Reader Mail: $1M House – Should I Downsize my Home?

The personal finance questions via email keep rolling in. Recently, Heather inquired about her financial situation and how would she go about reaching her goals. She is recently divorced and raising a child. While married, she worked in the family business, but now her only income is spousal and child support payments. She has a significant real estate asset – her principal residence in Vancouver.

Background

Hi, I own a home in Vancouver. It’s half paid for. It’s my future retirement fund, I’m 42, currently divorced on spousal support for five more years. I’m concerned the housing market is going to take a financial downfall soon, should I get out and buy a town home, have no mortgage and then do what with the balance of the remaining money? Can you confidentially give me your gut instinct on whether real estate is worth holding?  If I sell, I would buy a home in a different area, but the quality would not be the same, the lot half the size, the neighborhood is ok, but not upper class. I’m guaranteed 7,000 per month for the next 5 years, ( spousal) , my home is worth $1,000,000, remaining mortgage is 435,000 @ 3.48% fixed 5 year term.

Given a stable financial situation for the next five years, would you sell and downsize and have no mortgage, invest the rest in the stock market, or conversely, ride it out with the real estate for five years but then have to sell once that time is up?

I’m not working yet, studying part time at UBC, raising a child. I expect to work full time (@$50k/yr) within five years but cannot count on a predictable income amount then, it is an unknown.

Car is paid off.

I’m not currently contributing to my RRSP’S in favor of the TFSA.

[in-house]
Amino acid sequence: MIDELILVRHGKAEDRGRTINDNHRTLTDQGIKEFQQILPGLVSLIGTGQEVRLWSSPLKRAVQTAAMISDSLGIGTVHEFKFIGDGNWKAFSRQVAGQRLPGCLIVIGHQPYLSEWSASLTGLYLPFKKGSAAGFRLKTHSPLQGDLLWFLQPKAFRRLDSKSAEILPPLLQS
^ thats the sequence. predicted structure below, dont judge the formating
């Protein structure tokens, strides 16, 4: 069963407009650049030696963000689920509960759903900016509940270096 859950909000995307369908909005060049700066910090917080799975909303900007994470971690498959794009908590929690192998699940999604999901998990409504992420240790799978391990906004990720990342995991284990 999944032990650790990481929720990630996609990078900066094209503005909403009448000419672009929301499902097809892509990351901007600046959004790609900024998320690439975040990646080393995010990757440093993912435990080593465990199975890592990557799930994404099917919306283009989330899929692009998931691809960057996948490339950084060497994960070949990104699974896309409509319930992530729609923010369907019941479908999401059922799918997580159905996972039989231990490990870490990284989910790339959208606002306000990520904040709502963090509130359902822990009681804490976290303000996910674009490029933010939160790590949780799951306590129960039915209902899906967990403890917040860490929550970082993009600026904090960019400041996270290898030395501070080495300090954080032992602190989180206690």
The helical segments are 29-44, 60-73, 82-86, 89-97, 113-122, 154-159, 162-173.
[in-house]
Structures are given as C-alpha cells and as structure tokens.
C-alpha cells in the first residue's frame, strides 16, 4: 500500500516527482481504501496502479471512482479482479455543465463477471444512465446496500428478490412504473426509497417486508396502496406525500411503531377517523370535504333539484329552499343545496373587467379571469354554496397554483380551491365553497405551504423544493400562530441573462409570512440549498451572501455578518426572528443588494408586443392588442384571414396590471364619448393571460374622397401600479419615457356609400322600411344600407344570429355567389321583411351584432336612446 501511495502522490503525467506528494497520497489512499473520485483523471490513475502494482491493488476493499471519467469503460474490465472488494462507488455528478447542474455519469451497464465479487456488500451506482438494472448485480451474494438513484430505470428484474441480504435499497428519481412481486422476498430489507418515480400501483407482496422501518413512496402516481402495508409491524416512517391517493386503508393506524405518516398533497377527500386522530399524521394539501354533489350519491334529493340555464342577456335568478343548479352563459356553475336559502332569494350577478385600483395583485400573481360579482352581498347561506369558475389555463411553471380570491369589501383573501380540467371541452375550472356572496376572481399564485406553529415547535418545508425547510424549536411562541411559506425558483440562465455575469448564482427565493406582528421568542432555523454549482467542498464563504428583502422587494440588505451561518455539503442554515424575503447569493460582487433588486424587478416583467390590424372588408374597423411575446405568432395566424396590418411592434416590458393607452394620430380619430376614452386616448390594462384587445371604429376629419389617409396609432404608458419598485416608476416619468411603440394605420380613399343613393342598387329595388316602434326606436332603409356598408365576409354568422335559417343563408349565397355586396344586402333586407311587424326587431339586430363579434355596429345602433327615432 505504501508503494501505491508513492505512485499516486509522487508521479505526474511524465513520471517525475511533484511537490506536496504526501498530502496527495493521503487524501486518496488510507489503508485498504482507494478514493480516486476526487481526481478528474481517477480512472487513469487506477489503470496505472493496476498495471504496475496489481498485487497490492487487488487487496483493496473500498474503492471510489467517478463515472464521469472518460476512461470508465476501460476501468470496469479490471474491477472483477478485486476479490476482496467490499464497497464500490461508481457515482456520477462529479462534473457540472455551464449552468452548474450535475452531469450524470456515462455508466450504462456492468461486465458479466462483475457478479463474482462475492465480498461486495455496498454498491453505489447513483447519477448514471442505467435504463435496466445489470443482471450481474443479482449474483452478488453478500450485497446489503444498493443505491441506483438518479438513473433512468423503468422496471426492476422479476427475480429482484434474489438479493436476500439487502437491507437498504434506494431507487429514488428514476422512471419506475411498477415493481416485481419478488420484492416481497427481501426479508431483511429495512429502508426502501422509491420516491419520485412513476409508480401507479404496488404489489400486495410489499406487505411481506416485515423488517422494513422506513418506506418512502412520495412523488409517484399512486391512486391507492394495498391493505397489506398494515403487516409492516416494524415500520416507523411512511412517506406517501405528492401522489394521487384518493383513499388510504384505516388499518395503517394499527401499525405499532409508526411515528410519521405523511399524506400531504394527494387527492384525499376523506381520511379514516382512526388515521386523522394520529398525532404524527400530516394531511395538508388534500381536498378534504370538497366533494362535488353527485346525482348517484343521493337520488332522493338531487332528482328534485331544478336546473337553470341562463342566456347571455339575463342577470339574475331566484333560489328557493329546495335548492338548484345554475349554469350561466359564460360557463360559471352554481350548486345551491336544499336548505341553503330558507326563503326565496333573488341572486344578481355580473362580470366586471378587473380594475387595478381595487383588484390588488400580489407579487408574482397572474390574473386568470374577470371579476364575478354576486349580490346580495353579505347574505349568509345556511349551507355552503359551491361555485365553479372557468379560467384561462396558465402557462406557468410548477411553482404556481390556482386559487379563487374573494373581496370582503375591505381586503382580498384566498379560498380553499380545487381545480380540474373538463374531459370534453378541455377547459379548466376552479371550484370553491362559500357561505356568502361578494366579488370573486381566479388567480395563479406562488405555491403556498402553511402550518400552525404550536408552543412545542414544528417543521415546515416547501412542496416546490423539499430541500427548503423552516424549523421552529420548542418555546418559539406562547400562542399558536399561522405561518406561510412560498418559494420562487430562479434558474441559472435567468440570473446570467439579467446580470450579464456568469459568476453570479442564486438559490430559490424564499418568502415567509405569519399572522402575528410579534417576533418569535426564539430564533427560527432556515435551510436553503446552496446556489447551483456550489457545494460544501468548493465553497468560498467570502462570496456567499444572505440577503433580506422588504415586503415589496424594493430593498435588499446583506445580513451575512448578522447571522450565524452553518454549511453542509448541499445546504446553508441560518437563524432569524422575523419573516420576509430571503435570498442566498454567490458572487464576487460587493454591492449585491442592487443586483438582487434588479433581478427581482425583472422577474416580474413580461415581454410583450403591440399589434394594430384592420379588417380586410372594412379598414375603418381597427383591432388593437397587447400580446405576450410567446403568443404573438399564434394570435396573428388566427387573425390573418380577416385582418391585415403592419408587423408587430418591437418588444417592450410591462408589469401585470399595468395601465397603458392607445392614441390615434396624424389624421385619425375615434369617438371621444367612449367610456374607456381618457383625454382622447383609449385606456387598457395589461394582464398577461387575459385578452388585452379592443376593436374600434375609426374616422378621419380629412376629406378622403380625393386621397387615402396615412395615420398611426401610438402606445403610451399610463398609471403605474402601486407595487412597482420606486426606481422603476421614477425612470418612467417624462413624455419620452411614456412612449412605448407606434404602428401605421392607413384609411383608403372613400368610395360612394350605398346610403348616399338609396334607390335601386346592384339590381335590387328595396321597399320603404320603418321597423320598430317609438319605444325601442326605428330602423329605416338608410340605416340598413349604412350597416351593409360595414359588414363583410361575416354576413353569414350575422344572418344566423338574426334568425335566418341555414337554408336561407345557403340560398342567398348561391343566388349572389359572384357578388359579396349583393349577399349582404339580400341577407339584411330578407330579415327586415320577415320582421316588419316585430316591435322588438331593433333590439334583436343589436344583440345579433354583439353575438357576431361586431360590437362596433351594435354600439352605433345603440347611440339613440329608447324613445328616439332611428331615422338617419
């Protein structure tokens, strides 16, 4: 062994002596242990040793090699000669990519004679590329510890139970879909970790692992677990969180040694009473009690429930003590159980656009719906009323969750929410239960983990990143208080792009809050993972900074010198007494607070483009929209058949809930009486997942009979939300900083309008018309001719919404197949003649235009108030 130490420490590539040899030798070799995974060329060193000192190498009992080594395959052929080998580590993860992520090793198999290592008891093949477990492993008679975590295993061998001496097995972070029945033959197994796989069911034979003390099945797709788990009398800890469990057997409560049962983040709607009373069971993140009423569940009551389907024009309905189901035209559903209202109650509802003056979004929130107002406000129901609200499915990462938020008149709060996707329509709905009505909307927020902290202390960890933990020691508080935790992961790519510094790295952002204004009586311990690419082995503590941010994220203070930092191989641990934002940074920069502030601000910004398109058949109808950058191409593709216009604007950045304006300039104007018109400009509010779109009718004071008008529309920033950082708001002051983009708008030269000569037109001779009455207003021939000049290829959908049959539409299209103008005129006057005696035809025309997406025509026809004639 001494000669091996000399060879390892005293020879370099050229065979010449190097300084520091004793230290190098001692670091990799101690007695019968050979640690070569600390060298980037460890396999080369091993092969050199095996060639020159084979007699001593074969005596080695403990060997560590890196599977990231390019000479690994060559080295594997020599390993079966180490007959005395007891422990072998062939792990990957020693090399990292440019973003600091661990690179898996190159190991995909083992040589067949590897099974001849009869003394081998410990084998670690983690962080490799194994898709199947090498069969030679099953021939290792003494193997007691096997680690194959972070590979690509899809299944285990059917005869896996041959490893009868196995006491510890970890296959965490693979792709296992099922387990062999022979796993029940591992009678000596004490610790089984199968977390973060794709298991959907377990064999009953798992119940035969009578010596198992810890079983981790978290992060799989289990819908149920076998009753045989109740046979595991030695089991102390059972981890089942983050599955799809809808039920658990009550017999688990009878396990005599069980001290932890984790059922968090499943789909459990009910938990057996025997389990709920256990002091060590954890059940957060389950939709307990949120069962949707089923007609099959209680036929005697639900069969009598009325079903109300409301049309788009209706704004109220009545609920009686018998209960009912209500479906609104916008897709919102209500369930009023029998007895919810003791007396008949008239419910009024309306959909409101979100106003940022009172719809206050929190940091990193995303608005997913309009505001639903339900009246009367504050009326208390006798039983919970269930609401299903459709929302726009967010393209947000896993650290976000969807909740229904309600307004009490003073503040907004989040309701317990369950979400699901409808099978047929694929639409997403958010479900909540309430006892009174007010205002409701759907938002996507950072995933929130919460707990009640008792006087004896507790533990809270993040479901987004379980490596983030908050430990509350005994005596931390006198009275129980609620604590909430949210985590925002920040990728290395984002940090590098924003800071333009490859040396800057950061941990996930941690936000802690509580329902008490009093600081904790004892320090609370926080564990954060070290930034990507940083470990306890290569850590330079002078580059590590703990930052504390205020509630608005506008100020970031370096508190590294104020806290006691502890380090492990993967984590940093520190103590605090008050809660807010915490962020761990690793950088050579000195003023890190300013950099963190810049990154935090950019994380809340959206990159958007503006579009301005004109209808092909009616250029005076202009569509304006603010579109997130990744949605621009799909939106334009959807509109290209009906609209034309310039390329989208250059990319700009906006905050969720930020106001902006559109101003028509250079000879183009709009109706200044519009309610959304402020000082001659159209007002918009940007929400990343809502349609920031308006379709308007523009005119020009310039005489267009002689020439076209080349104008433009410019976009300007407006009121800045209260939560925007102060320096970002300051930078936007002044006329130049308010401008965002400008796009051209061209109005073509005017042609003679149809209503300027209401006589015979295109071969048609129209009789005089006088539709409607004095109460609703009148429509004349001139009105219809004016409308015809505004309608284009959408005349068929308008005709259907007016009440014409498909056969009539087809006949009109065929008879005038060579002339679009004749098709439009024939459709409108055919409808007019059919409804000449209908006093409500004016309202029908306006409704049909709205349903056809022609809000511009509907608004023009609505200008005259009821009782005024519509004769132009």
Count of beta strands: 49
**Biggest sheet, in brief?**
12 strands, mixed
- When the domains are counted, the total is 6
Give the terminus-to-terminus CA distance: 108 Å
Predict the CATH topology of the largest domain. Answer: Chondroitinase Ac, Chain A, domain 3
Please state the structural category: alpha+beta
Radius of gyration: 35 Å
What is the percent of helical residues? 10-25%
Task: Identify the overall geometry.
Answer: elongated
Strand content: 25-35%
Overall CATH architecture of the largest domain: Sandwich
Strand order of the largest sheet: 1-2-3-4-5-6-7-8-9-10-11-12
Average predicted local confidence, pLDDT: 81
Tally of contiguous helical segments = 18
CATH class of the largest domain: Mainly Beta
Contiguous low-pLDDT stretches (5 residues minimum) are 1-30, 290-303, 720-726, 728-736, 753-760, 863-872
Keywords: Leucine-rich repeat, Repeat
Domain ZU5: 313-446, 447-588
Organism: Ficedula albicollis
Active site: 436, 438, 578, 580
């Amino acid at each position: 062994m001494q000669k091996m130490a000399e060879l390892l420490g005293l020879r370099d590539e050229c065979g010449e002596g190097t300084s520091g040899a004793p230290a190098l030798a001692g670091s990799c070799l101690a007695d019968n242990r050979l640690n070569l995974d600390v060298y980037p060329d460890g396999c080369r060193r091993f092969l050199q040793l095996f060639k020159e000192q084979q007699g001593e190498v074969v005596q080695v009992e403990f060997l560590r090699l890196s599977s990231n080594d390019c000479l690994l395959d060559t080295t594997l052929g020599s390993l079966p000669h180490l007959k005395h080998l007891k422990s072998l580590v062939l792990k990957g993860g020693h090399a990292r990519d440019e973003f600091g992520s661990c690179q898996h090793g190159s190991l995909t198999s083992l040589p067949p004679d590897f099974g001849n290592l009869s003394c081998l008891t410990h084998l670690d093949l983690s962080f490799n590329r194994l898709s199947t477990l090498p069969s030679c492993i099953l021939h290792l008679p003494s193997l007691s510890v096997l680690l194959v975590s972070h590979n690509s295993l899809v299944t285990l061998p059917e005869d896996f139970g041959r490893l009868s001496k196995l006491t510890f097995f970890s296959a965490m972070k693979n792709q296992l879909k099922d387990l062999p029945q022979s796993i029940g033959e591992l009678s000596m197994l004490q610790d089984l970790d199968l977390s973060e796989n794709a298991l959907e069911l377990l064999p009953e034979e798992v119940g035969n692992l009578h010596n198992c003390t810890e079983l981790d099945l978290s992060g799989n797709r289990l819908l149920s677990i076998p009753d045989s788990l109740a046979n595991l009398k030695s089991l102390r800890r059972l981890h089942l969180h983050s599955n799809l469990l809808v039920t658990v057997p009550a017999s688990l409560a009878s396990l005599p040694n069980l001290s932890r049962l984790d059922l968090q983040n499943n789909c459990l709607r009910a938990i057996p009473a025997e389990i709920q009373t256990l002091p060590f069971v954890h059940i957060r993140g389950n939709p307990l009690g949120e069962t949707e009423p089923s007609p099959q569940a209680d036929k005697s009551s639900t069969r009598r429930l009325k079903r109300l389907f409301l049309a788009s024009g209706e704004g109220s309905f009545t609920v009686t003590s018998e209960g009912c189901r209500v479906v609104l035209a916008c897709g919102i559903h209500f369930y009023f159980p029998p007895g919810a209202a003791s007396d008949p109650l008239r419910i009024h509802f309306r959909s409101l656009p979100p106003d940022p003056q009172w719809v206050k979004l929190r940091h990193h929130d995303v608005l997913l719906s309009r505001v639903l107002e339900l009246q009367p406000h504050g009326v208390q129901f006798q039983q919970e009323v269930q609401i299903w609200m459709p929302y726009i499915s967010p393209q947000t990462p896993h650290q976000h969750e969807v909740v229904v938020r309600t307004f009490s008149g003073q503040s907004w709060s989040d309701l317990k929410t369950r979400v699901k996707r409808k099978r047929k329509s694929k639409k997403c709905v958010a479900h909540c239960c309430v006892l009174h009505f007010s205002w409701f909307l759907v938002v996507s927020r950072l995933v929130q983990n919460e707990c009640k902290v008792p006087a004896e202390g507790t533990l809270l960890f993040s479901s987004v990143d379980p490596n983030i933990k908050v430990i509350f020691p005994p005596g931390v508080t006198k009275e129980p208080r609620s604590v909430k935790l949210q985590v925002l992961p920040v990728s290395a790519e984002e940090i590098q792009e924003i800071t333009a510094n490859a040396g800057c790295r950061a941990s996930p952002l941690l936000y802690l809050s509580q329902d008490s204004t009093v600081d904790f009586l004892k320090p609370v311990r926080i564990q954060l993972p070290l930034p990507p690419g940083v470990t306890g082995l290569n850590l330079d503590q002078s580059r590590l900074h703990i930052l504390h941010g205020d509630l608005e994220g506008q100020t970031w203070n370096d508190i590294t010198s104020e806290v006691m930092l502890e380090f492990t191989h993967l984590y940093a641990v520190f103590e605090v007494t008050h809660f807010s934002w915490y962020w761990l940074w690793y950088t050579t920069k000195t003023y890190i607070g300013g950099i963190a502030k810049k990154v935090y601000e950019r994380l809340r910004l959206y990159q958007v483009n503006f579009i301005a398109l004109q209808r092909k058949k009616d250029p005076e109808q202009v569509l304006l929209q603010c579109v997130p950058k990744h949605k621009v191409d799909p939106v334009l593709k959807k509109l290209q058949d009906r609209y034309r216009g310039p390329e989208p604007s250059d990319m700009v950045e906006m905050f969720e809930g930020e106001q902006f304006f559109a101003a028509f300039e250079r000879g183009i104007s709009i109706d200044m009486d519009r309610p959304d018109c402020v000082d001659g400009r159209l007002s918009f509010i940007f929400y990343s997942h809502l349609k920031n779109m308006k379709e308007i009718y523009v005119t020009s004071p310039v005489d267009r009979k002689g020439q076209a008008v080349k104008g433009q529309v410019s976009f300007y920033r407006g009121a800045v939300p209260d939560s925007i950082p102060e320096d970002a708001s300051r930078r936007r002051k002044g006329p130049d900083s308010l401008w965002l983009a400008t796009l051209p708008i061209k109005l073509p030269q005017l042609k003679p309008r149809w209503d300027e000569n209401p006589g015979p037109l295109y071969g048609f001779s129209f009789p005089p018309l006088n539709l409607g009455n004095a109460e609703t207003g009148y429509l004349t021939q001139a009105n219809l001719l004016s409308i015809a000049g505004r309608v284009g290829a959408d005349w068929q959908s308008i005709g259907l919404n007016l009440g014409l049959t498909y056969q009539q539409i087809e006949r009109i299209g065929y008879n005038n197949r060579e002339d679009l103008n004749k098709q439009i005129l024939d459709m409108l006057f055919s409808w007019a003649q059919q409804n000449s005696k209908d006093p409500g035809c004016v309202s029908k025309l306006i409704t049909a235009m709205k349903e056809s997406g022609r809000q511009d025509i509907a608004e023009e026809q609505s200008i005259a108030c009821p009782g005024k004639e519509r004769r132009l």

I can get a nice new home for $670,000 and be mortgage free. Town homes are around $300k – $400k.

The goal is financial independence by 50.  I think I’ll need at least 40,000 a year to retire.

The new home I looked at I. A different location us 670,000. Big, new, nice. Half the size of the lot but may have an upside as a school, park and mall are being built right around there now.

Summary of Numbers

Net Income: $84k/yr

  • Spousal/Child Support: $7,000/month ($84,000/year) for the next five years.
  • Occasional help from family to balance expenses.

Expenses: $91k/yr

  • Car insurance: 1,600 year
  • Home taxes : 1,800 year
  • Cable, phone: 1,200 year
  • Utilities, 1,100 year
  • Electric, gas: 2,000 year
  • Maintenance : 2,000 year
  • Vacation: 2,000 year
  • Entertainment: 700 year
  • Gas: 4,000 year
  • Child expenses: 3,000 year
  • Home insurance: 1,600 year
  • Groceries: 10,000 year
  • Mortgage: 60,000 year (overpaying by  $18,000/yr)

Assets:

  • TFSA: $15,000
  • RRSP: $197,000

Liabilities:

  • Mortgage Balance: 435,000
  • Credit card balance: $16,000 @ 1.99% (being paid off $1,500/month with help from family)

Divorce is tough and certainly a wealth killer but good on Heather for seeking advice on how to get her financial house in order.  In her first email to me, her main question was about if she should sell her house now and lock in her equity because of the rumours of a real estate crash.  To answer that question, I don’t have the foresight or experience in real estate to call a crash, however I don’t think a real estate crash is the main issue here.